Photo: Reuters
Photo: Reuters

The blunting of macroeconomic policy tools

Globalizing forces, in particular rising cross-border trade and capital flows, have weakened tested policy methods

Ever since the Great Depression and the Keynesian Revolution economists have assumed that macroeconomic policies are instrumental in stabilizing business cycles. “We are all Keynesians now," the legendary Milton Friedman famously remarked even as he dethroned fiscal policy and put monetary policy in the pole position in the conduct of stabilization policies. Fiscal policy was deemed too destabilizing and political to be nimble, especially in the exit phase. Discretionary policies fell out of fashion. Fiscal policy was mostly limited to automatic stabilizers with seamless and automatic entry and exit.

Over time monetary policy became rule-bound, exemplified by the Taylor Rule. This told central bankers what the policy rate should be, using the deviation between actual and potential growth, and between actual and targeted core consumer price inflation. The equation had a constant of 2%, for reasons not entirely clear, other than historical. This meant that if growth was at full potential, and inflation on target, the predicted policy rate, based on successful interventions by the US Federal Reserve in the past, should be current inflation plus the constant.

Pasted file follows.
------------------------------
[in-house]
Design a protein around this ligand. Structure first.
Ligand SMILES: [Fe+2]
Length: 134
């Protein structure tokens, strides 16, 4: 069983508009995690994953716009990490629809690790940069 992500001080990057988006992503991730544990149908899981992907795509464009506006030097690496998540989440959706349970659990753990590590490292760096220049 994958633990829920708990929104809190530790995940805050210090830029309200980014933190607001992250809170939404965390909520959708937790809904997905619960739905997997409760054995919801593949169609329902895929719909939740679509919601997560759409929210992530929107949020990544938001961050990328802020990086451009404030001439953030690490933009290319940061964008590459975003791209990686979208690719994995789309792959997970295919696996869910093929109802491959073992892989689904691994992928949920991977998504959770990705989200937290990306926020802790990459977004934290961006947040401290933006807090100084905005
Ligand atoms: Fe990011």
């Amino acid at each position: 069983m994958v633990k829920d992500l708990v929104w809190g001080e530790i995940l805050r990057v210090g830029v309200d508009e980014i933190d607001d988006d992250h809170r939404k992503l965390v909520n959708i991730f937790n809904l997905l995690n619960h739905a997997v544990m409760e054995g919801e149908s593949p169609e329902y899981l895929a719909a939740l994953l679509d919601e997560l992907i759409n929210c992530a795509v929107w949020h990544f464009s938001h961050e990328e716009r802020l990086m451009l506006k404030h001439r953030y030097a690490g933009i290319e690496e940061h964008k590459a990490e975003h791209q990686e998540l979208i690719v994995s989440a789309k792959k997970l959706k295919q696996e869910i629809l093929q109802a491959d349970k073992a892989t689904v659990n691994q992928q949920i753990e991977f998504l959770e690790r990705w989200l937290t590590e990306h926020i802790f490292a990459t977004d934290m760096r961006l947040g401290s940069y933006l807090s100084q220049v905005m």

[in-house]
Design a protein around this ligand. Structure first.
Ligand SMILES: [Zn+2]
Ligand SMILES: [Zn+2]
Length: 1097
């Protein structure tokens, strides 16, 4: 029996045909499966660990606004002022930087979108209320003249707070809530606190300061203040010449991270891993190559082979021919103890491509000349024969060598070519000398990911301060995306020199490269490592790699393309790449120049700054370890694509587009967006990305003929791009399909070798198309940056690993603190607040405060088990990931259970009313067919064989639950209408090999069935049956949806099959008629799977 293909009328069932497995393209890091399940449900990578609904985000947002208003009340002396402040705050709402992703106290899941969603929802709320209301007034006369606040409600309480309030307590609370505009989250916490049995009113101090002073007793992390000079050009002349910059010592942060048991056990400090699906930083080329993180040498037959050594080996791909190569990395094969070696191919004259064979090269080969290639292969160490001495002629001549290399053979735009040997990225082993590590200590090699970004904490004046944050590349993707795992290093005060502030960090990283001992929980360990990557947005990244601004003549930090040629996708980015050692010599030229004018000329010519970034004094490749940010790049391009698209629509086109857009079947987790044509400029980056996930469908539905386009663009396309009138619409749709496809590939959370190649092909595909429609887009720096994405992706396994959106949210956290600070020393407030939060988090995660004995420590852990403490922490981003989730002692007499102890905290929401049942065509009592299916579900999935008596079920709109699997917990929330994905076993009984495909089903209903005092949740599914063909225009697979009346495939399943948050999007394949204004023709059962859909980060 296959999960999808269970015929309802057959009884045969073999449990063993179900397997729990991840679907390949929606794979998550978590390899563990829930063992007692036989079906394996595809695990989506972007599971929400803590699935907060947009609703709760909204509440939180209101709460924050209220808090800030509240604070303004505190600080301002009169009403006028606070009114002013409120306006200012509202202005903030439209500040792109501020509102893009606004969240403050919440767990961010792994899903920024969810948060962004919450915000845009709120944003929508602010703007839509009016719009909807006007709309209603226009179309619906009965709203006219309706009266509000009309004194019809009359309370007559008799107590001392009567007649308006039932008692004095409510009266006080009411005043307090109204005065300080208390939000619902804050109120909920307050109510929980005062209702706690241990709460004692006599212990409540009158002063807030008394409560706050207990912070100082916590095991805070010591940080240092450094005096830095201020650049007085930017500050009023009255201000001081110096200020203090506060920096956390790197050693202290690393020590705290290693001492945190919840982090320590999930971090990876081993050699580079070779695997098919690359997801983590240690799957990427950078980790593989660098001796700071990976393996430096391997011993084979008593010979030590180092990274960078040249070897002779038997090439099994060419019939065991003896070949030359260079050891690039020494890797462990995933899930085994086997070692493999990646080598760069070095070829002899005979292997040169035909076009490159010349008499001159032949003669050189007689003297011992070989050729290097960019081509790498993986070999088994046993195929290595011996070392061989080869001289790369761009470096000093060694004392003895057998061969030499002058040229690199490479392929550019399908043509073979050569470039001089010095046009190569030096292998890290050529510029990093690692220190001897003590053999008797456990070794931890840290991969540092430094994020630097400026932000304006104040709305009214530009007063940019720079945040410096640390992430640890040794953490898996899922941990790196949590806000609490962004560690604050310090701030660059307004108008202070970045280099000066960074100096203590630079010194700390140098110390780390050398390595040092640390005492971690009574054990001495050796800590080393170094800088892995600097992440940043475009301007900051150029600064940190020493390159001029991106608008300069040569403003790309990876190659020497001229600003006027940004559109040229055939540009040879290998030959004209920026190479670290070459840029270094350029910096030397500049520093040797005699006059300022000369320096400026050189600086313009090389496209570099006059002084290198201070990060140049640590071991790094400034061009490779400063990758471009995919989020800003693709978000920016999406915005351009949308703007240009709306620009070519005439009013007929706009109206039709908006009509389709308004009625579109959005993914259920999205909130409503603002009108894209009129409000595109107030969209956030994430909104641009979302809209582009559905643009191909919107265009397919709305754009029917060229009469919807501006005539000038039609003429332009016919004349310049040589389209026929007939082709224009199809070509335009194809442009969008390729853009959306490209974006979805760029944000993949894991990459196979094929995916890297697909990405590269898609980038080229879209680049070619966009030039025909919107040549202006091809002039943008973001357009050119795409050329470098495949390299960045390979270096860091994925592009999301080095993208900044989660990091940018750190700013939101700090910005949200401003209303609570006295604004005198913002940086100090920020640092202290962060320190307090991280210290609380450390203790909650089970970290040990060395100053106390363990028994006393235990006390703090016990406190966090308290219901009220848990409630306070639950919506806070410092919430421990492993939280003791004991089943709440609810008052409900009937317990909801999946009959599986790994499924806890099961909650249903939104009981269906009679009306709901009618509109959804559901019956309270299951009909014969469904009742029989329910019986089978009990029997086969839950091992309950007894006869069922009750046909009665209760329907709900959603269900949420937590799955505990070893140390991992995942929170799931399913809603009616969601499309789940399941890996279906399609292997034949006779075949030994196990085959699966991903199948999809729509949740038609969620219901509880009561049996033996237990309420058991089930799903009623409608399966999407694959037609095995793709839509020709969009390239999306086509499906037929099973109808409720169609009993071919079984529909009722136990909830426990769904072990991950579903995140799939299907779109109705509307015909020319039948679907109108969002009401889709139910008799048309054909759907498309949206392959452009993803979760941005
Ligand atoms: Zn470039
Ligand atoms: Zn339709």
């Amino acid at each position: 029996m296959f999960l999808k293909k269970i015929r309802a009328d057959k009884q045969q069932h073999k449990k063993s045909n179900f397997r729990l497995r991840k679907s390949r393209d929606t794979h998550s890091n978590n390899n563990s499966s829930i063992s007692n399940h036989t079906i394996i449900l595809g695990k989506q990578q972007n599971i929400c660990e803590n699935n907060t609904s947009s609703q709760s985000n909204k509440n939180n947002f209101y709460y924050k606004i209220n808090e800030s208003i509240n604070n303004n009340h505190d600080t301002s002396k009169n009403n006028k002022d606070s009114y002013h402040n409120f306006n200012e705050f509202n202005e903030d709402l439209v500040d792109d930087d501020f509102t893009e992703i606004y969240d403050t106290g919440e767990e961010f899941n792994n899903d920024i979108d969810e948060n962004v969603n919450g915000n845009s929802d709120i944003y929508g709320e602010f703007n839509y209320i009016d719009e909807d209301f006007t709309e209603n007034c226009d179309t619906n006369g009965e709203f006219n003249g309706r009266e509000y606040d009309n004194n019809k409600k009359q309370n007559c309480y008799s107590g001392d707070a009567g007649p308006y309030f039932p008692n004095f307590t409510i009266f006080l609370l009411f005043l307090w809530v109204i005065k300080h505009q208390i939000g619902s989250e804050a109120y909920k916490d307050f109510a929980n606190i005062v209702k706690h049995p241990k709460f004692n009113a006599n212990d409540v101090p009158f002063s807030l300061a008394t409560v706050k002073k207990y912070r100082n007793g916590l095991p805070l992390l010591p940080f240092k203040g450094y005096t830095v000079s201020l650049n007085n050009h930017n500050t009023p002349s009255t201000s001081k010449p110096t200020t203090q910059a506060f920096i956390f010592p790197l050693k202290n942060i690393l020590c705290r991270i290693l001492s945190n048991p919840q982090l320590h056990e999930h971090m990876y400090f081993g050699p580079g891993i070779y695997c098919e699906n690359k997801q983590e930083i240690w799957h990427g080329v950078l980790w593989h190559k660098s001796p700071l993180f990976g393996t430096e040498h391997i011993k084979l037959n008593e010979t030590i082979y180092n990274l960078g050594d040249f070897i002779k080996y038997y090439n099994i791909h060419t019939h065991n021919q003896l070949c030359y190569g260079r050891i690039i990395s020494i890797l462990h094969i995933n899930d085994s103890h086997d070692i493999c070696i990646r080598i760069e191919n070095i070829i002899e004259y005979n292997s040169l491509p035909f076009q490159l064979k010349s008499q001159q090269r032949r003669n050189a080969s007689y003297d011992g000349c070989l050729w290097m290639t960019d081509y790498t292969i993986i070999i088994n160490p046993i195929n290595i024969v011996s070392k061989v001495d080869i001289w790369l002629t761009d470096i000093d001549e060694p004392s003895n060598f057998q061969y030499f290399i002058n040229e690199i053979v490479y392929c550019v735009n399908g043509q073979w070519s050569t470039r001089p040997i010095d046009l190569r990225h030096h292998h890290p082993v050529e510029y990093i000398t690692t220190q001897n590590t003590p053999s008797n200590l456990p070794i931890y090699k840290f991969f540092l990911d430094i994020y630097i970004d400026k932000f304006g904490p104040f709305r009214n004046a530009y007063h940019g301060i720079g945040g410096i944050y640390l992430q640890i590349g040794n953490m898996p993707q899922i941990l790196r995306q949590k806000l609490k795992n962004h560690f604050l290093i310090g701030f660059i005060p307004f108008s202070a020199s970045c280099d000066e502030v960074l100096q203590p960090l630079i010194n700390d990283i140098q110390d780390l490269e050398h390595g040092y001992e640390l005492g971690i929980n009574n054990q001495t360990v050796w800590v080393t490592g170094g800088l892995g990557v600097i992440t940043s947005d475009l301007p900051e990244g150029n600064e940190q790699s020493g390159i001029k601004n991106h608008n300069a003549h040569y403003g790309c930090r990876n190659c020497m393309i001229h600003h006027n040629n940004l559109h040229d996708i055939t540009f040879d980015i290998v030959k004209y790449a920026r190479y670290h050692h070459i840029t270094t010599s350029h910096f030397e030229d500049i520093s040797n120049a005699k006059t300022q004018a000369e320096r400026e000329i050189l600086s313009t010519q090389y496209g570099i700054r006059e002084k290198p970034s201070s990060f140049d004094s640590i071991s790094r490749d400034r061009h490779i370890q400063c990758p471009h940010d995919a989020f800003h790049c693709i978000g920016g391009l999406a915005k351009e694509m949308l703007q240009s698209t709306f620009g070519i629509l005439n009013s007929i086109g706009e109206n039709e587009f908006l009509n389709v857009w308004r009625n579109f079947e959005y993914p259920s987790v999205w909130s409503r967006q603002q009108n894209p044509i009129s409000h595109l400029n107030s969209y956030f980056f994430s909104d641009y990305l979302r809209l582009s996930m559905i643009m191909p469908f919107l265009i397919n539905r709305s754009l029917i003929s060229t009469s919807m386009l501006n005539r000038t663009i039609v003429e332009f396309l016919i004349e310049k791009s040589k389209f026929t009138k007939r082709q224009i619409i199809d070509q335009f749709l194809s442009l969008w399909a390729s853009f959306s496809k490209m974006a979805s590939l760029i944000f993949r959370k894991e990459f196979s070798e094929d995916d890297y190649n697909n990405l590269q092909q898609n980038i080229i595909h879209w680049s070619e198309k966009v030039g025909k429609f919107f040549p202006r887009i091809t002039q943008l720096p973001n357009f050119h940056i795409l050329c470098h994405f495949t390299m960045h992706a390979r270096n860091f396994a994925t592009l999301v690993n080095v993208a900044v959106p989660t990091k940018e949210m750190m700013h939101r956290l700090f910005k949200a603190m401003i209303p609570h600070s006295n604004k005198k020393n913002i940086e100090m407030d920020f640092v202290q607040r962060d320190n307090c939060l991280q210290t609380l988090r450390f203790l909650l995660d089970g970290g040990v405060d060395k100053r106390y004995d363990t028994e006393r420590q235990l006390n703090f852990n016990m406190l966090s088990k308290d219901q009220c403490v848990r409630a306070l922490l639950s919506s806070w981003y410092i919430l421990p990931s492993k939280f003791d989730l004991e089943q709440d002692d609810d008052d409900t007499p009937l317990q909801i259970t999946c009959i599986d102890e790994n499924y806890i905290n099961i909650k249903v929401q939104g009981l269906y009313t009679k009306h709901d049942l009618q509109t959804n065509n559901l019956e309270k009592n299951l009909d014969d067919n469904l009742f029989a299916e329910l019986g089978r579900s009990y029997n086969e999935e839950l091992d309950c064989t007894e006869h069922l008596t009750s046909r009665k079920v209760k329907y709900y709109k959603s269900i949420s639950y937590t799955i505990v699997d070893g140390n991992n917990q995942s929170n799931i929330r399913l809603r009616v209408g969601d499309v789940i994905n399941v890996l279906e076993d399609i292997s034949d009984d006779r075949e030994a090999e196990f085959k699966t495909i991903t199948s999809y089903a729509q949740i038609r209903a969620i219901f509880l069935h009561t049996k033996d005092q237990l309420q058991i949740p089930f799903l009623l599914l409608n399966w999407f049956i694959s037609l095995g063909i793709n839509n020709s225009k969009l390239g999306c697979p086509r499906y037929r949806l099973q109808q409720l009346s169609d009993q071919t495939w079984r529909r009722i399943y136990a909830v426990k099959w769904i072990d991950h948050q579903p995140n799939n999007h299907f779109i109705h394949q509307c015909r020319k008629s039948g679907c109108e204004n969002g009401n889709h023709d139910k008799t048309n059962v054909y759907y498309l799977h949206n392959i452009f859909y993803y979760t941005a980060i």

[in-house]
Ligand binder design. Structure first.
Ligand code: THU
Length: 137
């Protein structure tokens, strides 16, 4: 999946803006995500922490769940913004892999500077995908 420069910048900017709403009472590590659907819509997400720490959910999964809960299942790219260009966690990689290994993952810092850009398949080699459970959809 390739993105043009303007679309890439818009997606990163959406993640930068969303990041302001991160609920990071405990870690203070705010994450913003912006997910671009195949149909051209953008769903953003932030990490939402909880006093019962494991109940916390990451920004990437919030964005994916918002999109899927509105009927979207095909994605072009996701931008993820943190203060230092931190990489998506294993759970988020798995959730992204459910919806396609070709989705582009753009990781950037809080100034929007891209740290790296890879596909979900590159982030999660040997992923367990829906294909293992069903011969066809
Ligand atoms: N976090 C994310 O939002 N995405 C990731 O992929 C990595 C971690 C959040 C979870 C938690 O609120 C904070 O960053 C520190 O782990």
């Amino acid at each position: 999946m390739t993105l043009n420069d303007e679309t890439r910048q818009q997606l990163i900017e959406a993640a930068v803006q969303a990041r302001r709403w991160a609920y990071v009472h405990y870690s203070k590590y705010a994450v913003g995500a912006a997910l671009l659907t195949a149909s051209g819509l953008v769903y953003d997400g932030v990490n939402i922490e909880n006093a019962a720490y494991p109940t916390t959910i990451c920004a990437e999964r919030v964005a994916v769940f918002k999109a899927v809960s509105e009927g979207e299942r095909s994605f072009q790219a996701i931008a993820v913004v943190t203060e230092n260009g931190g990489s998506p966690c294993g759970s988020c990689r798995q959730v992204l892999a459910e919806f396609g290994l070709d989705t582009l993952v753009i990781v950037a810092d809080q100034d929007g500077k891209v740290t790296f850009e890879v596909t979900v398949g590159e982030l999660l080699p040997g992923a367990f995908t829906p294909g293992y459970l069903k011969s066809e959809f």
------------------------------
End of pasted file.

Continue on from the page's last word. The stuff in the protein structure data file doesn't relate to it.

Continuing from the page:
Fiscal multipliers were found to be variable, ranging from negative to positive values. It was nevertheless assumed that macroeconomic policies were effective tools for stabilizing business cycles. This was especially so after Paul Volcker’s dogged and aggressive use of monetary policy to slay stagflation.

Economists and policymakers are no longer so sanguine in the wake of the global financial crisis. Aggressive fiscal and monetary policies have been unable to lift growth back to pre-crisis levels. Indeed, the protracted use of what were designed to be short-term policy tools is generating fresh sources of instability in the form of unsustainable public debt and new asset bubbles.

Part of the problem lies in measuring growth potential. The global economy grew at an average of 5% between 2003 and 2007. But it grew at only 3.5% in the preceding 10-year period, and at 3-3.5% since the height of the crisis. If 5% was above trend, why was consumer price inflation within the central bankers’ comfort zone? If 5% was indeed the growth potential, why have aggressive, including unconventional, macroeconomic policies, been unable to lift growth to this level?

The convenient answer to the conundrum is that potential growth has declined since the crisis. Why then is International Monetary Fund (IMF) advising policymakers to persist with highly stimulative monetary policy?

To resolve the conundrum, we need to turn to another part of the problem. This is the blunting of extant macroeconomic tools, both fiscal and monetary, by globalizing forces, in particular by rising cross-border trade and capital flows. This blunting was evident prior to the global financial crisis, undermining the Taylor Rule, but went largely unnoticed. It may have also deluded central bankers into overestimating potential growth. They kept policy rates so low that they contributed to inflating the underlying asset bubble.